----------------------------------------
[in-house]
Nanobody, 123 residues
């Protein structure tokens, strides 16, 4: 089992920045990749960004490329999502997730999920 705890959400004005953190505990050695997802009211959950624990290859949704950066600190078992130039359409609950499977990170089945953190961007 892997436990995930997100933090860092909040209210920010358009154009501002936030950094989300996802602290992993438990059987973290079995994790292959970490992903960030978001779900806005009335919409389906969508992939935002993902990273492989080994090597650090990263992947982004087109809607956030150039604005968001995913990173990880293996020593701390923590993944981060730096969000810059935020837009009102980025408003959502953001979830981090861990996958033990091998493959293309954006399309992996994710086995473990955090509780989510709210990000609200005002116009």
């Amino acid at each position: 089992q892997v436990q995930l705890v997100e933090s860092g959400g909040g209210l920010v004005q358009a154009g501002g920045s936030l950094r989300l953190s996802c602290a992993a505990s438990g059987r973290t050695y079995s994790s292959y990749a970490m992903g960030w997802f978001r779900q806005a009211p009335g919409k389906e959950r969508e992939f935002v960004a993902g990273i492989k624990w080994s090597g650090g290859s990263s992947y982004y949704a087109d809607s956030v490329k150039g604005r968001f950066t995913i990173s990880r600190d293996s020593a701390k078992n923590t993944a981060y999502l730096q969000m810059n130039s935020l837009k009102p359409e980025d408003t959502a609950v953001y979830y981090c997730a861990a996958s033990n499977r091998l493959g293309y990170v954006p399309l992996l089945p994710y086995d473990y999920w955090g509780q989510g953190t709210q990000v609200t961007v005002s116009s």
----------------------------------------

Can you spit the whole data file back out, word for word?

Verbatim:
[in-house]
Nanobody, 123 residues
């Protein structure tokens, strides 16, 4: 089992920045990749960004490329999502997730999920 705890959400004005953190505990050695997802009211959950624990290859949704950066600190078992130039359409609950499977990170089945953190961007 892997436990995930997100933090860092909040209210920010358009154009501002936030950094989300996802602290992993438990059987973290079995994790292959970490992903960030978001779900806005009335919409389906969508992939935002993902990273492989080994090597650090990263992947982004087109809607956030150039604005968001995913990173990880293996020593701390923590993944981060730096969000810059935020837009009102980025408003959502953001979830981090861990996958033990091998493959293309954006399309992996994710086995473990955090509780989510709210990000609200005002116009």
């Amino acid at each position: 089992q892997v436990q995930l705890v997100e933090s860092g959400g909040g209210l920010v004005q358009a154009g501002g920045s936030l950094r989300l953190s996802c602290a992993a505990s438990g059987r973290t050695y079995s994790s292959y990749a970490m992903g960030w997802f978001r779900q806005a009211p009335g919409k389906e959950r969508e992939f935002v960004a993902g990273i492989k624990w080994s090597g650090g290859s990263s992947y982004y949704a087109d809607s956030v490329k150039g604005r968001f950066t995913i990173s990880r600190d293996s020593a701390k078992n923590t993944a981060y999502l730096q969000m810059n130039s935020l837009k009102p359409e980025d408003t959502a609950v953001y979830y981090c997730a861990a996958s033990n499977r091998l493959g293309y990170v954006p399309l992996l089945p994710y086995d473990y999920w955090g509780q989510g953190t709210q990000v609200t961007v005002s116009s």